Mr Barton consulted the website of the Information Commissioner’s Office (ICO) before sending an email requesting advice. In his email, Mr Barton repeated Mr Oree’s allegation regarding the “hundreds of documents and emails”, also informing his manager, Mr O’Malley, and letting him know that he had contacted the ICO.
Mr O’Malley asked Mr Barton whether he had sought authorisation before contacting the ICO and was told that he had not. Mr O’Malley told Mr Barton that a full investigation would be carried out and instructed him not to contact the ICO without prior authorisation. In spite of the instruction not to do so, Mr Barton did contact the ICO again, seeking advice as to whether Greenwich had authority to tell him not to contact them.
The investigation revealed that Ms Thomas had in fact emailed only 11 documents to her personal email account, none which were confidential or in any way inappropriate. An investigation was carried out into Mr Barton’s failure to comply with the instruction not to contact the ICO, followed soon after by an investigation into a complaint by a tenant regarding an inappropriate letter sent by Mr Barton. Greenwich, taking into account Mr Barton’s live written warning, concluded that his conduct (contacting the ICO and the letter to the tenant) constituted gross misconduct and he was summarily dismissed, although this was reduced on appeal to dismissal with 12 weeks’ notice.
Mr Barton brought a claim, alleging that he had been dismissed unfairly as a result of protected disclosures he had made, relying on both the email to the ICO and the subsequent telephone call.
The Tribunal rejected Mr Barton’s argument that the email and the telephone call should be considered as a combined disclosure. It found that the call was not a disclosure of information, merely a request for advice. In considering whether the email to the ICO was a protected disclosure, the Tribunal held that, although it conveyed a disclosure of information, it could only be protected if Mr Barton reasonably believed that the information and any allegation contained within it were substantially true. The Tribunal held that Mr Barton’s belief in the truth of the allegations was not reasonable; he could easily have sought some verification of the allegations before acting.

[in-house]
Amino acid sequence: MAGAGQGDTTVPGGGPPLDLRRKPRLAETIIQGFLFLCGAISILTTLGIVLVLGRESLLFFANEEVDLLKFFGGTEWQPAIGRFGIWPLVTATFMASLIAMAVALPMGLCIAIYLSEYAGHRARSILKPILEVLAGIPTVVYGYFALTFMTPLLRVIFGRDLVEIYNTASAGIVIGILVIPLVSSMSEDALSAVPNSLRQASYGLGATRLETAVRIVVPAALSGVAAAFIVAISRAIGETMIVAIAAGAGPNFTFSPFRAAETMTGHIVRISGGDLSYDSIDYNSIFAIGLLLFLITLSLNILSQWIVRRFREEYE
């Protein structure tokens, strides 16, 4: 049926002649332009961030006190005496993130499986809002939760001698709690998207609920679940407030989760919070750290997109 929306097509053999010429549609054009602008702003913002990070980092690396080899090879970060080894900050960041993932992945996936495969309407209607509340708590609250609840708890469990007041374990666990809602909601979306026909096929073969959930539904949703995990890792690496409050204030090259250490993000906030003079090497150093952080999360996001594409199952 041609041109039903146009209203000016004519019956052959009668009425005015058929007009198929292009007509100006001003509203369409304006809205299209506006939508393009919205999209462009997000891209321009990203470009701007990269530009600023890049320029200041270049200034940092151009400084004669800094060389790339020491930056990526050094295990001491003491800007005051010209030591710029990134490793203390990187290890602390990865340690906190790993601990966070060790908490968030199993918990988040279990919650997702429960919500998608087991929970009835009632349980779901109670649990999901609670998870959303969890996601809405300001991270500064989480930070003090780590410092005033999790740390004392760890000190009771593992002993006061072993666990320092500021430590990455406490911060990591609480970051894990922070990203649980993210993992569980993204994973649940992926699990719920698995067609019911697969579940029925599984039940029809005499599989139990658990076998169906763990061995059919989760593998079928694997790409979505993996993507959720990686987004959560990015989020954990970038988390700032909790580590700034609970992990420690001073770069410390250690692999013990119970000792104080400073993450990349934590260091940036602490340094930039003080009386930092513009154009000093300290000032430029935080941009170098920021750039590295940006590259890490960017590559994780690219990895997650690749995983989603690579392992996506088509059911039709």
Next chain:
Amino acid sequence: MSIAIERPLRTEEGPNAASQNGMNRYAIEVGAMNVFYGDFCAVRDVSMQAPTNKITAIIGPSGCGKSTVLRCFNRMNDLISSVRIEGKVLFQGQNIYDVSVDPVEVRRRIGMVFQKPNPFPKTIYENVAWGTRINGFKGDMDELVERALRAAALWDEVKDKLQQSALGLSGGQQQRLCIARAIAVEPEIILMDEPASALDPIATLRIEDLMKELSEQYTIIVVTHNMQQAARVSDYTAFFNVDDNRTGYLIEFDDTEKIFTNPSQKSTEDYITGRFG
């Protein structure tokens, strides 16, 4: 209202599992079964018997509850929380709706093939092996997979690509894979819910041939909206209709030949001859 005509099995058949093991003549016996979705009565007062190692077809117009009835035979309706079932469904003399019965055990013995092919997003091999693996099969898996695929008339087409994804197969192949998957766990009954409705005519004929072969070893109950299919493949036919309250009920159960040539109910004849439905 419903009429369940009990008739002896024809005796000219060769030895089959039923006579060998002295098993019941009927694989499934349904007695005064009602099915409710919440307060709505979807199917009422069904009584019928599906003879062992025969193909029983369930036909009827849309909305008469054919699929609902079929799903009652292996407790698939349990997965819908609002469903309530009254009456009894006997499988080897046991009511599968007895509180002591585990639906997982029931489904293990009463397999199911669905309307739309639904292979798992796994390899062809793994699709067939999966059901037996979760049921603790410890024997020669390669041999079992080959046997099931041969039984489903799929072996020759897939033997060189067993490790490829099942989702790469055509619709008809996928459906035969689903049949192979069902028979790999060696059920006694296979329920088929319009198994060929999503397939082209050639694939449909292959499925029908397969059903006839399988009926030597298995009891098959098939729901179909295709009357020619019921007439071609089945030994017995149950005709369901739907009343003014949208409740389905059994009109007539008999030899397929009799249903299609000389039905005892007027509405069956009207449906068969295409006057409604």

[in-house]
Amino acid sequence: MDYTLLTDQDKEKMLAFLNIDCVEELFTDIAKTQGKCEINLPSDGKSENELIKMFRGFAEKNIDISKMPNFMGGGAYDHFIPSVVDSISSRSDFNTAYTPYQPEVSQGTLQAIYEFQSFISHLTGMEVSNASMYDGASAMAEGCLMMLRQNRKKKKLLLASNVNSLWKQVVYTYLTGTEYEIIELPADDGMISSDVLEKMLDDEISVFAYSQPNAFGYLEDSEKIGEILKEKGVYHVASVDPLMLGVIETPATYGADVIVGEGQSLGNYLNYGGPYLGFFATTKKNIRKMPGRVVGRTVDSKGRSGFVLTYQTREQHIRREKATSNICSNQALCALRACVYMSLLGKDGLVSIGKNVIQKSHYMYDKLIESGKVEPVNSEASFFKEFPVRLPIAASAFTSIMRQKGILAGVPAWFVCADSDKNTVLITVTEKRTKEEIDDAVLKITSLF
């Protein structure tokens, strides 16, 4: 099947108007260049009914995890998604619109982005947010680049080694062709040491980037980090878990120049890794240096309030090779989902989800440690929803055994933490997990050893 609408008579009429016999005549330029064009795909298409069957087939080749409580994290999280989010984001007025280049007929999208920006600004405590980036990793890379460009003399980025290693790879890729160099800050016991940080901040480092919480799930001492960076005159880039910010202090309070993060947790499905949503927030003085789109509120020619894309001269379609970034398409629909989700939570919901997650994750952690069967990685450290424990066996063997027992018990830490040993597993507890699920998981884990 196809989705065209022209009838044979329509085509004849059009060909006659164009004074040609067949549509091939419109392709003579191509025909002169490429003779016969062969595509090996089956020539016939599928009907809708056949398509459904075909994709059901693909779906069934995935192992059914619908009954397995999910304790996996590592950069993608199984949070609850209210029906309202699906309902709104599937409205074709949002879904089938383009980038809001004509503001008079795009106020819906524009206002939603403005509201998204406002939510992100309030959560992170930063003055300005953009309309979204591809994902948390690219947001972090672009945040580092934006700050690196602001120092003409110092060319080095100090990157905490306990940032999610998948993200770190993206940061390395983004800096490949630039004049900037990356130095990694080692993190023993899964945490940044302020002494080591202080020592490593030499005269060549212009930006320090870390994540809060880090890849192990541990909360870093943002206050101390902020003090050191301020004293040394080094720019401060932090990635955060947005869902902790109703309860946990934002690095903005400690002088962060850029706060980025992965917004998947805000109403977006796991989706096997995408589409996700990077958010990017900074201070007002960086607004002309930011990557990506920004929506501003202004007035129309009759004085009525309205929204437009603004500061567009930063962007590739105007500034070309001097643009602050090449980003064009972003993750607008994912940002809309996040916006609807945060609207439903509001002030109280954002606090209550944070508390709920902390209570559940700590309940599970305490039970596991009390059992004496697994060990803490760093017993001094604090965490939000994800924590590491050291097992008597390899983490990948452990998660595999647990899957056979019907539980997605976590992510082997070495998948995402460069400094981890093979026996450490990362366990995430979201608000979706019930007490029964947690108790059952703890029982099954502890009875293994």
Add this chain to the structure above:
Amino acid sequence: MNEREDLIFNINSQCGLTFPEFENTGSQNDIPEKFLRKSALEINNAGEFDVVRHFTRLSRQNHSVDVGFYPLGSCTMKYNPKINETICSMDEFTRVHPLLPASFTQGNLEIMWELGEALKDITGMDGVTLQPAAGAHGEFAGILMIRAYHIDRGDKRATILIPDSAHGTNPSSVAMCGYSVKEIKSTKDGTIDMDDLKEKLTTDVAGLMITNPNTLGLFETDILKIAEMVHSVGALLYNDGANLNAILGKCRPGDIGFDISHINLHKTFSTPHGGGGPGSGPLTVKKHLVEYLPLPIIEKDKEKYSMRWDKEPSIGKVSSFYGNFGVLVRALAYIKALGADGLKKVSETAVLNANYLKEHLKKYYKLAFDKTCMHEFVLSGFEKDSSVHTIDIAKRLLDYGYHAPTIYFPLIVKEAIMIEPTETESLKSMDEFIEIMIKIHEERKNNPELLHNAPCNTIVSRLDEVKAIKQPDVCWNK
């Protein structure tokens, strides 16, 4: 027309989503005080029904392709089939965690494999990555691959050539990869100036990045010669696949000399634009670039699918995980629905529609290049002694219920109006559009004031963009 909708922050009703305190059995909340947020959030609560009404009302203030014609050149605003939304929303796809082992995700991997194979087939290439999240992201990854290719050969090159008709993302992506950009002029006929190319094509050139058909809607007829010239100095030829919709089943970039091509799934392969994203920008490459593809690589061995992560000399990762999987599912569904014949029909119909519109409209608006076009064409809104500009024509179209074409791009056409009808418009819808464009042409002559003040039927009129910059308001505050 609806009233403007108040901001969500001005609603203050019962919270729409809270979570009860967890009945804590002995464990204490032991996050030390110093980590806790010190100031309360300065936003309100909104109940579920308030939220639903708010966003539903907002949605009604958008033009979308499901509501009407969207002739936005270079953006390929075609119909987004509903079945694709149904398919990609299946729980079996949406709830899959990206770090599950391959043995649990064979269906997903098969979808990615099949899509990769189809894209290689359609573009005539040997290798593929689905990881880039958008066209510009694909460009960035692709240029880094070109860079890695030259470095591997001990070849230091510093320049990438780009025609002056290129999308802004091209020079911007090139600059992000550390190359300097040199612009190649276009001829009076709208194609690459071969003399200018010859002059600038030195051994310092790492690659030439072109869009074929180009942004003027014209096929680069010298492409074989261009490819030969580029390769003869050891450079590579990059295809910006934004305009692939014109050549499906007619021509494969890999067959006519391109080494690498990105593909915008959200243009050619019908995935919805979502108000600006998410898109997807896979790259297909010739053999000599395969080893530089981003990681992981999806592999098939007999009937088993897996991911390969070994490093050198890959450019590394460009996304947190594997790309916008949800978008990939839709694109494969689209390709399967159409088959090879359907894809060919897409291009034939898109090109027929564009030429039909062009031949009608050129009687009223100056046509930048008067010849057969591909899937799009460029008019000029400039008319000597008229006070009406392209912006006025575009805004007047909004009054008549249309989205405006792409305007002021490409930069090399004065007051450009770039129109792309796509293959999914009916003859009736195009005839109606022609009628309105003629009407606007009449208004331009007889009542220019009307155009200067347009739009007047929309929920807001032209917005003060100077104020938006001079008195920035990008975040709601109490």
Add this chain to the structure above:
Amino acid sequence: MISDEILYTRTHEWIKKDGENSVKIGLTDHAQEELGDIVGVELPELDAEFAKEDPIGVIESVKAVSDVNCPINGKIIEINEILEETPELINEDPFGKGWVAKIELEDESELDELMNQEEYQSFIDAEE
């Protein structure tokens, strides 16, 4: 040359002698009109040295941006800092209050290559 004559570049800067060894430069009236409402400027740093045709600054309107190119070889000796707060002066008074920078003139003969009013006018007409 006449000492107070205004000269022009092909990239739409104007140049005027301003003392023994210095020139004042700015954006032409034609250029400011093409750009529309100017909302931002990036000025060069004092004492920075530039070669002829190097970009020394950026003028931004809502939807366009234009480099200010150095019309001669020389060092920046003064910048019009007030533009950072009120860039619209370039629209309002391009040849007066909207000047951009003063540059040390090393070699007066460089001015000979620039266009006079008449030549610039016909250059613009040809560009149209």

The Tribunal therefore dismissed Mr Barton’s whistleblowing claims, concluding that misconduct was the reason for his dismissal and that the decision to dismiss was within the band of reasonable responses, taking into account his earlier warning. Mr Barton appealed the decision but was unsuccessful. The EAT found that there was no blanket ban on Mr Barton contacting the ICO; he had merely been asked not to contact them during the internal investigation. What is more, the instruction was not to contact the ICO without a manager’s consent and there was no evidence to suggest that such a request would have been refused.
Employers should not read this case as allowing them to restrict employees from contacting external authorities. Although the ET and the EAT concluded that Greenwich’s instruction was reasonable in the circumstances, it was a very specific and limited instruction. Employers can and should encourage employees to report matters internally in the first instance but they cannot generally prevent employees from contacting external authorities.